As opposed to the ‘law of the Hague’, the ‘law of Geneva’ is a colloquial term that refers to a body of law that mainly deals with the protection of the victims of armed conflicts who are in the power of a party, i.e., non-combatants and those who no longer take part in hostilities. This body of law underwent systematic codification in the city of Geneva beginning in 1864 with the adoption of the First Geneva Convention on the wounded and sick.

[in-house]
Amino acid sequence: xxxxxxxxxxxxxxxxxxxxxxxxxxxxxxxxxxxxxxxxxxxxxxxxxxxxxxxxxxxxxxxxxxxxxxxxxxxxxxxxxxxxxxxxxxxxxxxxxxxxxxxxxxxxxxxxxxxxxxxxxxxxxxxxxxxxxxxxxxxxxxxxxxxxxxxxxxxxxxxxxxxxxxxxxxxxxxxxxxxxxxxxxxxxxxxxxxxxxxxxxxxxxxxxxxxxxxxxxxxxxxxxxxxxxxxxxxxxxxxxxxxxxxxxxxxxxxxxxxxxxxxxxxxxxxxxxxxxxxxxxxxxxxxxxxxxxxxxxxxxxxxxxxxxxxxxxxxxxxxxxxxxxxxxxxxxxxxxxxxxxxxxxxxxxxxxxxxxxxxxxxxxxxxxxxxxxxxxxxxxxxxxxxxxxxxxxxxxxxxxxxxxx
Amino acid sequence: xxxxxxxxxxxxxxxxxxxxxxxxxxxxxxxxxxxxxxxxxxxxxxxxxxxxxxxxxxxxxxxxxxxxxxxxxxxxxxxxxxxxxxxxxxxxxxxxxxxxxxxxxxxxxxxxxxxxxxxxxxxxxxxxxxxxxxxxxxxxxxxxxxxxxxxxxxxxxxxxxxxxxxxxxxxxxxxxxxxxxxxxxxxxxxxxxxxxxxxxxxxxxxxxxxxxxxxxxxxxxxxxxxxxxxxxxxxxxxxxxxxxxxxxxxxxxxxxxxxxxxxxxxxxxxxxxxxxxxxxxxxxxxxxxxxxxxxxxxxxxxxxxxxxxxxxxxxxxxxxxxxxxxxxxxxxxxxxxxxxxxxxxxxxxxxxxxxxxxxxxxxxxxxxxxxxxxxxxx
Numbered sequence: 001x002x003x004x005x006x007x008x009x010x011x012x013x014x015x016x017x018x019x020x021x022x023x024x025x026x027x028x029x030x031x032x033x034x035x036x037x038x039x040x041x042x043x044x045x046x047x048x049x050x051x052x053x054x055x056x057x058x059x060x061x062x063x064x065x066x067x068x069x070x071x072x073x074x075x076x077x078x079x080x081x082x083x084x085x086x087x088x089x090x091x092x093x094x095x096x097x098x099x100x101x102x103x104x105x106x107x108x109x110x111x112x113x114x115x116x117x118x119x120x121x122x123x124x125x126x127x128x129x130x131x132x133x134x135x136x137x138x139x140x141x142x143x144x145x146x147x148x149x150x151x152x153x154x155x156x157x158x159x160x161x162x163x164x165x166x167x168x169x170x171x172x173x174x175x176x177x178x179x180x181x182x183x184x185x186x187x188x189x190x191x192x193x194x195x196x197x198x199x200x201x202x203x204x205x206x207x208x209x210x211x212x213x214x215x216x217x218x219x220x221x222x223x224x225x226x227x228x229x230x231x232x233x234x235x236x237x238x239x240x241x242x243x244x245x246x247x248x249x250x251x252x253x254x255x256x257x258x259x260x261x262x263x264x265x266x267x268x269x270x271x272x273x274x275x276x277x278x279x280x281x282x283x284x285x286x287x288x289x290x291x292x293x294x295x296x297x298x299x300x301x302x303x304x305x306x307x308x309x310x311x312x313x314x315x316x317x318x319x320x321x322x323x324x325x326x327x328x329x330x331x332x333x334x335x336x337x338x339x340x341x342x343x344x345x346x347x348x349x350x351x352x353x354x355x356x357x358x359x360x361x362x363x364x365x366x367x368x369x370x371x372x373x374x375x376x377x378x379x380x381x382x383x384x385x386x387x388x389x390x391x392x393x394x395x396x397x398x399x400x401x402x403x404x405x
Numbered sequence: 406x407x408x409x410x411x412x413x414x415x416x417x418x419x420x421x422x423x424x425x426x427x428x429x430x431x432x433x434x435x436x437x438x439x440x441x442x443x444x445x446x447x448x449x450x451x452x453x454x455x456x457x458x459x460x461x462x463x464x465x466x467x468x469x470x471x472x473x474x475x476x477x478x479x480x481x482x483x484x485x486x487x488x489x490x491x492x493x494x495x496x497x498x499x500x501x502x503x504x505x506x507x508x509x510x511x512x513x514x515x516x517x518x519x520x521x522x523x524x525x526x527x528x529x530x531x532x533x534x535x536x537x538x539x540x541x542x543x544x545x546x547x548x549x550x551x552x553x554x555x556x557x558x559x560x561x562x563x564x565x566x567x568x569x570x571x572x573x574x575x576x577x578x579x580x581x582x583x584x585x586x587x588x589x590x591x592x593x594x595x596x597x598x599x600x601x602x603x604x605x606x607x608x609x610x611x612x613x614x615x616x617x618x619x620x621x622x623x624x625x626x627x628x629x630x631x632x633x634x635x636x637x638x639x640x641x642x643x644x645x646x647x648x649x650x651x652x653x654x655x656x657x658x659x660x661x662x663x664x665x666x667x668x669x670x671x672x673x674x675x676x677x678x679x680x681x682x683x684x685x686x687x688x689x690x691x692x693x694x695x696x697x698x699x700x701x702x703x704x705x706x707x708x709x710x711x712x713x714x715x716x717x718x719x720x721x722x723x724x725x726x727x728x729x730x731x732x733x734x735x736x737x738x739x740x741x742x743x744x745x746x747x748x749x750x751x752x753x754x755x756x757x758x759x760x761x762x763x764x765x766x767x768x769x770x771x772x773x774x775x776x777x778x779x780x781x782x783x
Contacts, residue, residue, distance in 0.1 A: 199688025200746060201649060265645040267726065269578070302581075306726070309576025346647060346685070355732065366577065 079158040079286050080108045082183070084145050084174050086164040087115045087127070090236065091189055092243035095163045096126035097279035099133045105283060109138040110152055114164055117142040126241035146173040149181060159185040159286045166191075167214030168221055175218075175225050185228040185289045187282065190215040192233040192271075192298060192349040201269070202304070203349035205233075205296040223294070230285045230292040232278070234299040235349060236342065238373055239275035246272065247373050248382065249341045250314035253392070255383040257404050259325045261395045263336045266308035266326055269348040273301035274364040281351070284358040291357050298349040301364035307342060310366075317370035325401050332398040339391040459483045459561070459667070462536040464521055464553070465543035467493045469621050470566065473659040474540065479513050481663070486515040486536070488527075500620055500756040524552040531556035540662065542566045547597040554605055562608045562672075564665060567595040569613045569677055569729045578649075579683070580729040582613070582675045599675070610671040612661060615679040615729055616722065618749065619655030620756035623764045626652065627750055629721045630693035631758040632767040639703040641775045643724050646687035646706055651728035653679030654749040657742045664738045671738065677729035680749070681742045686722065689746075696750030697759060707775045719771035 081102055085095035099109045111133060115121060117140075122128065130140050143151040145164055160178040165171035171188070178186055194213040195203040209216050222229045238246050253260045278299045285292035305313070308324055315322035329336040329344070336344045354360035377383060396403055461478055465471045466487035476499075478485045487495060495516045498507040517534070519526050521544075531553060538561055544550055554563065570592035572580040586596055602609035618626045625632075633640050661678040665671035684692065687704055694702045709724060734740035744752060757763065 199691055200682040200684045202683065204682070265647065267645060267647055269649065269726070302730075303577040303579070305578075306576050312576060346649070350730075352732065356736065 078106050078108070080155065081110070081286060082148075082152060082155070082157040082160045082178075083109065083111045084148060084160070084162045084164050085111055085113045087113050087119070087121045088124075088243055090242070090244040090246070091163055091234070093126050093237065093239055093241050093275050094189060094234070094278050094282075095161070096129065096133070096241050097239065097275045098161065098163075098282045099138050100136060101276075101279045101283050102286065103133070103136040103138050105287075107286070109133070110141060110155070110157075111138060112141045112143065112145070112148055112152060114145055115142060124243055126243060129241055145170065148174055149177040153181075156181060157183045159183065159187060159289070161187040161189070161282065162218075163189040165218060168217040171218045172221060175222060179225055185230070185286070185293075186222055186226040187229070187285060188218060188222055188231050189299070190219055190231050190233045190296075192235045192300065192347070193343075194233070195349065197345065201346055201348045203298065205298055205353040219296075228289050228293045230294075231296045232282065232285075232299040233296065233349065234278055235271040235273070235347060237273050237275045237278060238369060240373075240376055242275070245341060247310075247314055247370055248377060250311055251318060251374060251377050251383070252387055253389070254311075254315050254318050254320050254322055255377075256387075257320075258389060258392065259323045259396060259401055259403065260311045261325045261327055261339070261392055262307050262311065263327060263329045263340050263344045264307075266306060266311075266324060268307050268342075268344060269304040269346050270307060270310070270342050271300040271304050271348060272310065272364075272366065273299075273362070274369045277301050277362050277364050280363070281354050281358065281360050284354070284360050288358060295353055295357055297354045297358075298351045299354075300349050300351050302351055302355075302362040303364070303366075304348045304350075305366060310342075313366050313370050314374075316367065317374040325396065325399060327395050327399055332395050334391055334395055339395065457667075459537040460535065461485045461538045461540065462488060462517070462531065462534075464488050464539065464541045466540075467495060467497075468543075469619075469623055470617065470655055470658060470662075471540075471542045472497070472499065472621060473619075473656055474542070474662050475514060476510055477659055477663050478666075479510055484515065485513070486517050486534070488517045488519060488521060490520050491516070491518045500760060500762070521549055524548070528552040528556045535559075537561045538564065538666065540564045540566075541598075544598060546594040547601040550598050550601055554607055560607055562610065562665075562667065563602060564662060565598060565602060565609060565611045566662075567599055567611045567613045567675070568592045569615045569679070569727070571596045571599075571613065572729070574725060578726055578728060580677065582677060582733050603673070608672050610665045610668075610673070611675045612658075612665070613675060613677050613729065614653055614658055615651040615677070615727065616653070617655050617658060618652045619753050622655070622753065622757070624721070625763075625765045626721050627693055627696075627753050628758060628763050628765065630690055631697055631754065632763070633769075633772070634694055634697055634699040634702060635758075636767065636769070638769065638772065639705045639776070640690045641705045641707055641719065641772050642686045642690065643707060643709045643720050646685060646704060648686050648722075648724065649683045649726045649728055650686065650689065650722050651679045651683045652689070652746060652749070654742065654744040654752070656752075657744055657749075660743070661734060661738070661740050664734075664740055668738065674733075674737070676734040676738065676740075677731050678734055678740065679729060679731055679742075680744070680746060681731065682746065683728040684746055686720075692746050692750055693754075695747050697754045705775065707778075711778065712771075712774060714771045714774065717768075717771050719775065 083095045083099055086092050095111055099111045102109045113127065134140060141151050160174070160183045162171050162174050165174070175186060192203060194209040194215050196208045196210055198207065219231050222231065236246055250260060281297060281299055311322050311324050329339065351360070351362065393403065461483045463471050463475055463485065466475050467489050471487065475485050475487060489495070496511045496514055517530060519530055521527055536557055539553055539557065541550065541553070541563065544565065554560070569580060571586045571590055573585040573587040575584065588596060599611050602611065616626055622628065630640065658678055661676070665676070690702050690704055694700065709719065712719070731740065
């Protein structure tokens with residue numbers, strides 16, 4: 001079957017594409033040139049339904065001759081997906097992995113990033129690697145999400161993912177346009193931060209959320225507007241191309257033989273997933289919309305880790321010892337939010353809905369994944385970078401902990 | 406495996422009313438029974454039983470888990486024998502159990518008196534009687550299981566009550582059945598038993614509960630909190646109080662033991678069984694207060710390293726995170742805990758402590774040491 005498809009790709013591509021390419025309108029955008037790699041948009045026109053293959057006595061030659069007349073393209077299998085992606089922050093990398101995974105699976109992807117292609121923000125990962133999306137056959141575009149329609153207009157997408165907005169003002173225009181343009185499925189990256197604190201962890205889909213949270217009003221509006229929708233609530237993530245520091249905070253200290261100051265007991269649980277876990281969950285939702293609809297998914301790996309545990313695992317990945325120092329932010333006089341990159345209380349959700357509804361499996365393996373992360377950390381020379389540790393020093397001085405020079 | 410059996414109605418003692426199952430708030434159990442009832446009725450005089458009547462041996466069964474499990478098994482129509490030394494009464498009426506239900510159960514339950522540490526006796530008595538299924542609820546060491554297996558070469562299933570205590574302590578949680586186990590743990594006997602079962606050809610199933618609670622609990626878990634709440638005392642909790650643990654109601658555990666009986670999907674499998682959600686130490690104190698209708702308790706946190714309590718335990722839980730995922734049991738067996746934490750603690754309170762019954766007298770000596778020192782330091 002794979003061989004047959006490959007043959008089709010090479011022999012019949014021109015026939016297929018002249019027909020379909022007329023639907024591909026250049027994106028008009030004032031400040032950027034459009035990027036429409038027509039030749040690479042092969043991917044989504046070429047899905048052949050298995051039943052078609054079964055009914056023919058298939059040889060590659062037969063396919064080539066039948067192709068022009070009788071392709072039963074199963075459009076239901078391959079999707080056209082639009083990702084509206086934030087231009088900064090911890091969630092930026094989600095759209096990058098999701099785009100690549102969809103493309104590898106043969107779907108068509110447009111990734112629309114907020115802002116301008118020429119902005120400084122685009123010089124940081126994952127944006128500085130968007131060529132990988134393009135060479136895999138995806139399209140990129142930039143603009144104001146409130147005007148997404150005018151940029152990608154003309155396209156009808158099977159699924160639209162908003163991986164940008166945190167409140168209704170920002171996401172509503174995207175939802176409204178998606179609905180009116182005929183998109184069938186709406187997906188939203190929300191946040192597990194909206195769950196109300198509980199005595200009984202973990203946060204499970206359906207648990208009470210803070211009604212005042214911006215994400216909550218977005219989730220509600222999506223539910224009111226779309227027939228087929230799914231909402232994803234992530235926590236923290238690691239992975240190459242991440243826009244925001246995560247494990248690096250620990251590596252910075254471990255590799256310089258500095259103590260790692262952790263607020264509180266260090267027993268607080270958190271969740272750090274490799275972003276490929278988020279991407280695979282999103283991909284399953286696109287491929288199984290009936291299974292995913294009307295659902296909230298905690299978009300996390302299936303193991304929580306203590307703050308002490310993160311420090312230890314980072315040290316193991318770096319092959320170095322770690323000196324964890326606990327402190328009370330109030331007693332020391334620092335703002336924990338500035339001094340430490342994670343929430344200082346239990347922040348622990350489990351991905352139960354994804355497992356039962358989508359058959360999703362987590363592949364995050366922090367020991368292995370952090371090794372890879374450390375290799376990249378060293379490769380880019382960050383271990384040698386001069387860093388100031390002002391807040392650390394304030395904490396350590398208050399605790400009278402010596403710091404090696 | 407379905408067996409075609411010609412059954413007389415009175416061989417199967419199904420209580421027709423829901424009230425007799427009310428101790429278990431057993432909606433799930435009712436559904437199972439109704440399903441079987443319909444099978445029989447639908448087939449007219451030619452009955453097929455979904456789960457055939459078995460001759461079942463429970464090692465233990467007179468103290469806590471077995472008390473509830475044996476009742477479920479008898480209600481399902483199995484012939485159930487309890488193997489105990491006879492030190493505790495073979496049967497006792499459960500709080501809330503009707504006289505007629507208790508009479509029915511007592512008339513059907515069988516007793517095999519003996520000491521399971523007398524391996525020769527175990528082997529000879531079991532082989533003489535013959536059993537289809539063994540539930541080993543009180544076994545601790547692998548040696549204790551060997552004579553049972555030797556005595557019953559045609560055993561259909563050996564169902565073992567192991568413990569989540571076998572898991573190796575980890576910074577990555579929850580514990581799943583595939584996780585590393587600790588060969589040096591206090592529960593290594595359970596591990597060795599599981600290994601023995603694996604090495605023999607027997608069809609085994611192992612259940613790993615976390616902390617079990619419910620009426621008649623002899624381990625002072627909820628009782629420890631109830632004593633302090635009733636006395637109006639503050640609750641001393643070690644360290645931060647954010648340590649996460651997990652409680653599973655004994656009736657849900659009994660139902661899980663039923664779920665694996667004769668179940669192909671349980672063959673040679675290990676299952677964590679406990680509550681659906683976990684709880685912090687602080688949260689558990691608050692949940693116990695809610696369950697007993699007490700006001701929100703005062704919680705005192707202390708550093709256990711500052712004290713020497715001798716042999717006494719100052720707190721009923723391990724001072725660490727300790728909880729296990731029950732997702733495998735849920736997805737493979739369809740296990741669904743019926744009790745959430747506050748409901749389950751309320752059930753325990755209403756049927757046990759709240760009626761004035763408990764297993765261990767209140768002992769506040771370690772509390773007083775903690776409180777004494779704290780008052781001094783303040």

With the adoption of Additional Protocols to the 1949 Geneva Conventions that deal with rules on conduct of hostilities, the dichotomy between the terms ‘law of Geneva’ and ‘law of the Hague’ has largely lost its relevance.

See Law of The HagueGeneva ConventionsProtected personsProtection of the civilian populationPrisoners of WarWounded and SickShipwrecked;